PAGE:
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New Paper by UCSB’s Thomas Scheff Provides First Step at Accepted Definitions of Basic Emotions

Emotions are complicated and never more so than in the realm of the scientific, where commonly accepted definitions are lacking.

Thomas Scheff
Thomas Scheff

In a paper published in the journal Qualitative Inquiry, UC Santa Barbara’s Thomas Scheff examines the basic emotions of grief, fear/anxiety, anger, shame and pride as they appear in scientific literature in an attempt to take a first step in defining them.

“Emotion terms, especially in English, are wildly ambiguous,” Scheff writes in the paper’s introduction.

An emeritus professor of sociology at UCSB, Scheff set out to explore why the language of emotion is so vague. “This paper is a first step toward correcting the chaotic nature of the language of emotion,” Scheff said. “Our society treats emotions as a negligible and largely destructive matter, but that’s a total fib. Emotions are like breathing; they only make trouble when they’re obstructed.”

Using grief as an example, he pointed out that in scientific literature other words, such as “distress” and “sadness,” are used to describe grief. The absence of decisive definitions, he noted, are an impediment to creating common meaning.

In order to delineate first steps toward clarity, Scheff discussed what he calls “four forward-looking studies of shame, the least understood emotion.” In this part of his research, Scheff presented a historical picture of how shame has been defined — and used or ignored — over time.

He began with Norbert Elias, an early-20th-century German sociologist famous for his theory of civilizing processes. Elias suggested a way of understanding the social transmission of the taboo on shame. Decades later, English psychologist Michael Billig proposed that repression begins in social practices of avoidance and went on to explore the nature of repression in detail.

American research psychologist and psychoanalyst Helen Lewis, Scheff’s mentor, used a systematic method to locate verbal emotion indicators in transcriptions of psychotherapy sessions. According to Scheff, Lewis’ findings showed that shame/embarrassment was by far the most frequent emotion, occurring more than all the other emotions combined. However, these citations were virtually never mentioned by either the client or the therapist. Lewis called this  “unacknowledged shame,” which she explained could be hidden in two different ways.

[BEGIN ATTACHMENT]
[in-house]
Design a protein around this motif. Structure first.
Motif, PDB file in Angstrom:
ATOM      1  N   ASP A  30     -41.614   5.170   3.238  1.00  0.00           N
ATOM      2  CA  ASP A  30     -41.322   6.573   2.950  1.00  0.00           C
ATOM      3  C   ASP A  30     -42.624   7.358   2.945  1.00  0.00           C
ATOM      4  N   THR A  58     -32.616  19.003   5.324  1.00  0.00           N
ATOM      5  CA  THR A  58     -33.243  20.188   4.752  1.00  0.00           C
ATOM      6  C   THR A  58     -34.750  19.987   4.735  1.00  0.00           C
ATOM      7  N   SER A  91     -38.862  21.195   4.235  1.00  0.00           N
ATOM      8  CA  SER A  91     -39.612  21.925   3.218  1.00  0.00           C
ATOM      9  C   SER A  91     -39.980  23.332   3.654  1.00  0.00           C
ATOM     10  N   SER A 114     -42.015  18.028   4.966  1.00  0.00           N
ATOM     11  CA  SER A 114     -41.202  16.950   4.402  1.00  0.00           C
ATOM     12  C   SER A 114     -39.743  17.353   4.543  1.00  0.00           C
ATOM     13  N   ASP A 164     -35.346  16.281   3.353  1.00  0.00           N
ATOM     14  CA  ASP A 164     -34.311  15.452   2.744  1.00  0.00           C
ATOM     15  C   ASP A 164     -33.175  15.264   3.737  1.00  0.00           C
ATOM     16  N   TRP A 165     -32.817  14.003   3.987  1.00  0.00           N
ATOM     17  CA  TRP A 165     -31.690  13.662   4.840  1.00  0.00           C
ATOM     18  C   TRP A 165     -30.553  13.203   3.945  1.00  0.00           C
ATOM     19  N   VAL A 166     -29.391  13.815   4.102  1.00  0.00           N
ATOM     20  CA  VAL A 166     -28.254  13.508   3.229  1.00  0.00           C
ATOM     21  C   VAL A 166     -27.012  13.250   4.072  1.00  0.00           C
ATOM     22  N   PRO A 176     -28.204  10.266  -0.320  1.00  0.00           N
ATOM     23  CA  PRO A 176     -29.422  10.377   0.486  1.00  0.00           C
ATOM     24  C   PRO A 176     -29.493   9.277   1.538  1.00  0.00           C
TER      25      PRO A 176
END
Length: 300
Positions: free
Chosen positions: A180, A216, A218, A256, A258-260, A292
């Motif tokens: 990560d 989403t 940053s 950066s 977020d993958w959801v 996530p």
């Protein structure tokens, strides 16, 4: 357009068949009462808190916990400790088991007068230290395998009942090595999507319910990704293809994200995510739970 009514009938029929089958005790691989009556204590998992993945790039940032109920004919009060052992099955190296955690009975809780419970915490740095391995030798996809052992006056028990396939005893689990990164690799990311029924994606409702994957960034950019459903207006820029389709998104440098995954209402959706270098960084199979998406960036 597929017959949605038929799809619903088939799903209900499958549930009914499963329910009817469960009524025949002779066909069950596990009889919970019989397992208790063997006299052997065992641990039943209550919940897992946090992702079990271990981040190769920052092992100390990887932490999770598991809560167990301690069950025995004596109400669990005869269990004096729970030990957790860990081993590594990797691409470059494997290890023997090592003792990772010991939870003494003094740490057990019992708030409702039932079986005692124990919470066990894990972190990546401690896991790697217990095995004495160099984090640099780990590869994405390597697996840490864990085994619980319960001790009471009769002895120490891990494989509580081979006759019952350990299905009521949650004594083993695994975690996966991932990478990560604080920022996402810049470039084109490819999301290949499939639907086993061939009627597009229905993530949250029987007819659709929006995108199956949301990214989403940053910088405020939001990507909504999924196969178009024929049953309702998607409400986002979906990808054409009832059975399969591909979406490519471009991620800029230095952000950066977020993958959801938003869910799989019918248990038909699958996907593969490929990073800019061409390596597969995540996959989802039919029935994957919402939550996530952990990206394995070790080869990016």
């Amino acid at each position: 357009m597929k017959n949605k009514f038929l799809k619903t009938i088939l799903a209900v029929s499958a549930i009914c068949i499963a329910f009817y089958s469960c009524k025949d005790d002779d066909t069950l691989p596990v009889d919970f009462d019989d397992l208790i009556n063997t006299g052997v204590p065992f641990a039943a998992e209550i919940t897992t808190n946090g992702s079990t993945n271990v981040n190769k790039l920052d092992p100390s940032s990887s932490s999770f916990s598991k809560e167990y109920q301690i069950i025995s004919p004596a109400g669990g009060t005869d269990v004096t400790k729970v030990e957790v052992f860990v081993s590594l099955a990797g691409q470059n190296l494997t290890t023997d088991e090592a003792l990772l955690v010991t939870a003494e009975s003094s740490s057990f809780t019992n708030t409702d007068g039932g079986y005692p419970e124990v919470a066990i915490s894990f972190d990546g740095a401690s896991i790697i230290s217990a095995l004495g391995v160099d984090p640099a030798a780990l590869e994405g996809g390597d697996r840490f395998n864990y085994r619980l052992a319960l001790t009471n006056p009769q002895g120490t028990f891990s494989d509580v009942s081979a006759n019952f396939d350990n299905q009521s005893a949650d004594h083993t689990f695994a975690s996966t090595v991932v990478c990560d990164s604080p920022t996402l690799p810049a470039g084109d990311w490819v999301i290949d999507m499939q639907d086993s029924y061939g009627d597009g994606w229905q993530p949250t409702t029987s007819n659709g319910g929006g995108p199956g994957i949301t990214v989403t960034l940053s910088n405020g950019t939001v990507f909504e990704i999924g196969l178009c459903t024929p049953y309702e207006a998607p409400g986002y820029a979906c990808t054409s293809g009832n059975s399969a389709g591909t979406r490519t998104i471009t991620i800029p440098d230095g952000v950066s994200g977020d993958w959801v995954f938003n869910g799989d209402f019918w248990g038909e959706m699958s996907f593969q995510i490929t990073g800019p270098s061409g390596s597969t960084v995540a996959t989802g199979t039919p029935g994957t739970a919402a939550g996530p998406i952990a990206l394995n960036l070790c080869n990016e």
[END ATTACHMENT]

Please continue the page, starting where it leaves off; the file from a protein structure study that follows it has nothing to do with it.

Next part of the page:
Overt, undifferentiated shame involves painful feelings hidden behind terms that avoid the word “shame.” This type of shame is marked by pain, confusion and bodily reactions such as blushing, sweating and/or rapid heartbeat. Bypassed shame involves fleeting feelings and is followed by obsessive and rapid thought or speech.

“People are so terribly terrified of shame,” Scheff said. “But if you hurt my feelings by saying that my nose is too big and if I pretend that I’m not hurt, then it’s going to hurt me for a long time. I’ll feel ashamed. But if I say, ‘You hurt my feelings,’ then you say, ‘What do you mean?’ and I tell you my feelings, it’s going to be a fairly minor event. Yet we live in a society that bypasses or misnames emotions, especially shame.”

As far back as the 19th century, psychologists have attempted to establish unambiguous emotional constructs by associating physical sensation with emotion. Building on these concepts, Scheff’s latest research included a chart of emotional models supporting the idea that emotions are bodily preparations for actions that have been delayed.

“Shame is a signal that you feel rejected and not accepted just as you are,” he explained. “Pride is a signal that you feel accepted just as you are. But because emotions are hidden in modern societies, we are like actors on a stage, acting instead of doing what we think we should do.”

Using Ngrams — a word search database created by Google Books and based on more than 5.2 million books published between 1500 and 2008 — Scheff verified a historic decline in the use of shame terms in different languages: American English, British English, French, Spanish and German. He found that decreased usage of what he calls the “s-word” is remarkably similar in three of the five languages: American English, British English and French.

Despite the fact that the use of shame terms appears to be declining, Scheff noted that the topic of shame is present in public discourse now more than ever before.

“I’ve written a lot about shame and I’ve noticed that it’s more in vogue,” he said. “And the articles and chapters I’ve written about shame have become more popular in the last year or two as well.” Perhaps with more public discussions about shame, that term as well as other emotions will begin to be more precisely defined.

— Julie Cohen represents the UCSB Office of Public Affairs and Communications.

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